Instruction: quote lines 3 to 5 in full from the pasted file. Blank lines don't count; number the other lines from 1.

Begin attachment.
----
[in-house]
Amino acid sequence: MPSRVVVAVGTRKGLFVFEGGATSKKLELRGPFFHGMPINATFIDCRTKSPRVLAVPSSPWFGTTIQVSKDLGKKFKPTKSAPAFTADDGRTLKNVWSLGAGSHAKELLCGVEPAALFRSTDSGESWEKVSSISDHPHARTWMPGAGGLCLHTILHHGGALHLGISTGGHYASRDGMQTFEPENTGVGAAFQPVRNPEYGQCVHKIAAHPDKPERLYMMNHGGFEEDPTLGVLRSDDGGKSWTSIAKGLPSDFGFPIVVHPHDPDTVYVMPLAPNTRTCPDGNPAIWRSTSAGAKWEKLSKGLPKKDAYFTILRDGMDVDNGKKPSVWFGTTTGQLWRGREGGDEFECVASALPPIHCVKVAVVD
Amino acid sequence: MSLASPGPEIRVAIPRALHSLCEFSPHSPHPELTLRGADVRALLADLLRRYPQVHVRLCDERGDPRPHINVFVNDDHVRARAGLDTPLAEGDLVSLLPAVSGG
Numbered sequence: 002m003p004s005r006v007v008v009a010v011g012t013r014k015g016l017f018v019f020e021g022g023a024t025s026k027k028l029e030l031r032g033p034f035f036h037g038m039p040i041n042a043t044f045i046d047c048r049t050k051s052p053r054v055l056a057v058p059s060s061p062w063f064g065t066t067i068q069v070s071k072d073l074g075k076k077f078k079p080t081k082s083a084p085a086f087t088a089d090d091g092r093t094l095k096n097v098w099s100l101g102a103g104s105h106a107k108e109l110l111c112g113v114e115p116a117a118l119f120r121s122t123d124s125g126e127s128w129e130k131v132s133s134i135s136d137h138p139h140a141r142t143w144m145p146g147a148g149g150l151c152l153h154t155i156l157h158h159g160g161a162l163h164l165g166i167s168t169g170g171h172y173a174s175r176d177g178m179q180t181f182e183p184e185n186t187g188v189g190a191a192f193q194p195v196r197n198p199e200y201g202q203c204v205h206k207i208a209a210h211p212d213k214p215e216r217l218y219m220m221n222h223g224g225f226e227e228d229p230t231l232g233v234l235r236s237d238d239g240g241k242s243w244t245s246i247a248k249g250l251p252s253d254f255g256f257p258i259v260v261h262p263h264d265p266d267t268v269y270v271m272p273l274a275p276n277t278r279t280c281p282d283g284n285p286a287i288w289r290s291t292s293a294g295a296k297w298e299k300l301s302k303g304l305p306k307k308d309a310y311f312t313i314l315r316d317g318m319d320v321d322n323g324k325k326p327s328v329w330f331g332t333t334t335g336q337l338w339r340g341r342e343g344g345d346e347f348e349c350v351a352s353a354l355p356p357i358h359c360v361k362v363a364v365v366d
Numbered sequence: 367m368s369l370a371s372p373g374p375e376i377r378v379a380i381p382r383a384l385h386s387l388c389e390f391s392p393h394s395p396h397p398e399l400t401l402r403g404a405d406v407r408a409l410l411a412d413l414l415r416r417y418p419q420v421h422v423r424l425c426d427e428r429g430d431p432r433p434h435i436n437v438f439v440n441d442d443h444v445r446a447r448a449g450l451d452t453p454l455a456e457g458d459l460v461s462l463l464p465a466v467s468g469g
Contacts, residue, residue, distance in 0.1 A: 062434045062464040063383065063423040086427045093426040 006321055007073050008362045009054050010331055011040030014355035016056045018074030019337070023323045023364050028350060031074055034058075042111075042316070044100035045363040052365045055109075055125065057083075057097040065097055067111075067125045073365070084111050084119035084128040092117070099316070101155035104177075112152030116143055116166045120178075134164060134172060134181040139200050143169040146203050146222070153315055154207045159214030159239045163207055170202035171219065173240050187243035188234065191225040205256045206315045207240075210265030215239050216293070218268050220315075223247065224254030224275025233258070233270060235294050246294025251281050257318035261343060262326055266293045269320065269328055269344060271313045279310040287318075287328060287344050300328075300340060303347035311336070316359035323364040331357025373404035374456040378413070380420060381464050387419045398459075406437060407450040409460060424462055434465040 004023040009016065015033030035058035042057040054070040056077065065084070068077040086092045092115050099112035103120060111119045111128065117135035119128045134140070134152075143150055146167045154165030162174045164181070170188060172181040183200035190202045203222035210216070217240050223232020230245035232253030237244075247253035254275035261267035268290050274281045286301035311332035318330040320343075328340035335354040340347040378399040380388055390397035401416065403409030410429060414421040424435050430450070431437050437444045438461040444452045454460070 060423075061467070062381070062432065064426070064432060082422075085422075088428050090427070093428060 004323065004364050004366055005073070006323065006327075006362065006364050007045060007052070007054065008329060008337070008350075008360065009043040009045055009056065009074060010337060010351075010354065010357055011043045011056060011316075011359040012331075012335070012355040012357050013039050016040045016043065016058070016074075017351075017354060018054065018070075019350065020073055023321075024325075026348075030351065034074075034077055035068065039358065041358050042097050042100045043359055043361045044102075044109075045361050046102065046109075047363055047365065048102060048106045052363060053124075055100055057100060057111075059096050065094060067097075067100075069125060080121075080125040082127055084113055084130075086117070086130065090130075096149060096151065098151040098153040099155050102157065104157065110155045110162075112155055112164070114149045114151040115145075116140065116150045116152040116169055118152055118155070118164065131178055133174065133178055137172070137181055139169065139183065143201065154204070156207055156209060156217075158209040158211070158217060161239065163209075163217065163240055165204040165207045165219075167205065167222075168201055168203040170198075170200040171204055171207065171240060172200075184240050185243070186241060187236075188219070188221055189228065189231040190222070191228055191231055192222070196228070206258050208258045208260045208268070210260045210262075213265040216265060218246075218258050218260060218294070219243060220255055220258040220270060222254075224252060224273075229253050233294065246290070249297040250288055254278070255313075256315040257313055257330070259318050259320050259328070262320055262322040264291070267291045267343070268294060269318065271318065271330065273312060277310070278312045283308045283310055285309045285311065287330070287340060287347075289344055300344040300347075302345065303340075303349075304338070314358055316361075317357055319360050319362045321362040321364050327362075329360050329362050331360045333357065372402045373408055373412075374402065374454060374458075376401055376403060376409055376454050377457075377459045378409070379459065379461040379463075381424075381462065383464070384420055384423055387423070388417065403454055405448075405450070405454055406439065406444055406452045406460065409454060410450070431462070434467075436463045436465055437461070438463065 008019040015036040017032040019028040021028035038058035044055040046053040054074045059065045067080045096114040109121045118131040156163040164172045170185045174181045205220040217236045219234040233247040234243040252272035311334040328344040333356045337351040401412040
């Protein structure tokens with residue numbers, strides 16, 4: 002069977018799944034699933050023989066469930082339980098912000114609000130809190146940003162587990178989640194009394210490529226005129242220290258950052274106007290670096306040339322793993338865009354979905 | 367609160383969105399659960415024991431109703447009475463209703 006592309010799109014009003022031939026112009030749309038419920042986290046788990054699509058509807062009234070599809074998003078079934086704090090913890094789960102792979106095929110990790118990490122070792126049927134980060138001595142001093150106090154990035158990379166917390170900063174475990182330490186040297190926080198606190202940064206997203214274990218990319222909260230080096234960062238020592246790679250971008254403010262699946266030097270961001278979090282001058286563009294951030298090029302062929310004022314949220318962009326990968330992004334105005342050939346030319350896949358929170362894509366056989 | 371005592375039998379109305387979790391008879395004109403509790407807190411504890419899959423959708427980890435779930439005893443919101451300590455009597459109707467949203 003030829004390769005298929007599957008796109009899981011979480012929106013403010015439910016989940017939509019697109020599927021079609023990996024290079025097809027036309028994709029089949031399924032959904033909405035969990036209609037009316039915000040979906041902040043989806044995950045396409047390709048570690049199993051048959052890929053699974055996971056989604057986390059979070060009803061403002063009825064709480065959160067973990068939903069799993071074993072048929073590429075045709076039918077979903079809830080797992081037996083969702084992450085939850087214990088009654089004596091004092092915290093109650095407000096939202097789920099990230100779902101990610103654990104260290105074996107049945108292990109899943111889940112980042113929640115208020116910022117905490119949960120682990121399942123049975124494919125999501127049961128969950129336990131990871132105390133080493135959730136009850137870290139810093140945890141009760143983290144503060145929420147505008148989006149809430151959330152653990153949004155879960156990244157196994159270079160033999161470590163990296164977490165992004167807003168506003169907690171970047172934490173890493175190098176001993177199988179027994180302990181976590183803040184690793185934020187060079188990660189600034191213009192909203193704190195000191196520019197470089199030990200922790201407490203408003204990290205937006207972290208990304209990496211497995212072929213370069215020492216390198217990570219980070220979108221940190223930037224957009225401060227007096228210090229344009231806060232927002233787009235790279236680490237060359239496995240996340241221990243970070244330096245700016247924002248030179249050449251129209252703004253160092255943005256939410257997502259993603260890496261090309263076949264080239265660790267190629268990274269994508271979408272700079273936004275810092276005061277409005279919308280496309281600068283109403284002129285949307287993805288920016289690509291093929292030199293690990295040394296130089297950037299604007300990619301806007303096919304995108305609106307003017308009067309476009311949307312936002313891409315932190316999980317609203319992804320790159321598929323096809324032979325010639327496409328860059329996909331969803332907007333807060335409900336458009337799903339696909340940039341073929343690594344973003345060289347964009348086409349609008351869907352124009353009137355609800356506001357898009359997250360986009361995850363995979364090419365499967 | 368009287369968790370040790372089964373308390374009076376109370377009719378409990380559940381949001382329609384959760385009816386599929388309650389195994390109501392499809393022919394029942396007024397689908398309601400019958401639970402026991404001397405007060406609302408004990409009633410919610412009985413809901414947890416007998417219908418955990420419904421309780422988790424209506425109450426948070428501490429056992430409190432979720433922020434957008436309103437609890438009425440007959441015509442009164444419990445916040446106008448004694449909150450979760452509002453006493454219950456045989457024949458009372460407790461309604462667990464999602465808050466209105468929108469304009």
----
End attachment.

Amino acid sequence: MSLASPGPEIRVAIPRALHSLCEFSPHSPHPELTLRGADVRALLADLLRRYPQVHVRLCDERGDPRPHINVFVNDDHVRARAGLDTPLAEGDLVSLLPAVSGG
Numbered sequence: 002m003p004s005r006v007v008v009a010v011g012t013r014k015g016l017f018v019f020e021g022g023a024t025s026k027k028l029e030l031r032g033p034f035f036h037g038m039p040i041n042a043t044f045i046d047c048r049t050k051s052p053r054v055l056a057v058p059s060s061p062w063f064g065t066t067i068q069v070s071k072d073l074g075k076k077f078k079p080t081k082s083a084p085a086f087t088a089d090d091g092r093t094l095k096n097v098w099s100l101g102a103g104s105h106a107k108e109l110l111c112g113v114e115p116a117a118l119f120r121s122t123d124s125g126e127s128w129e130k131v132s133s134i135s136d137h138p139h140a141r142t143w144m145p146g147a148g149g150l151c152l153h154t155i156l157h158h159g160g161a162l163h164l165g166i167s168t169g170g171h172y173a174s175r176d177g178m179q180t181f182e183p184e185n186t187g188v189g190a191a192f193q194p195v196r197n198p199e200y201g202q203c204v205h206k207i208a209a210h211p212d213k214p215e216r217l218y219m220m221n222h223g224g225f226e227e228d229p230t231l232g233v234l235r236s237d238d239g240g241k242s243w244t245s246i247a248k249g250l251p252s253d254f255g256f257p258i259v260v261h262p263h264d265p266d267t268v269y270v271m272p273l274a275p276n277t278r279t280c281p282d283g284n285p286a287i288w289r290s291t292s293a294g295a296k297w298e299k300l301s302k303g304l305p306k307k308d309a310y311f312t313i314l315r316d317g318m319d320v321d322n323g324k325k326p327s328v329w330f331g332t333t334t335g336q337l338w339r340g341r342e343g344g345d346e347f348e349c350v351a352s353a354l355p356p357i358h359c360v361k362v363a364v365v366d
Numbered sequence: 367m368s369l370a371s372p373g374p375e376i377r378v379a380i381p382r383a384l385h386s387l388c389e390f391s392p393h394s395p396h397p398e399l400t401l402r403g404a405d406v407r408a409l410l411a412d413l414l415r416r417y418p419q420v421h422v423r424l425c426d427e428r429g430d431p432r433p434h435i436n437v438f439v440n441d442d443h444v445r446a447r448a449g450l451d452t453p454l455a456e457g458d459l460v461s462l463l464p465a466v467s468g469g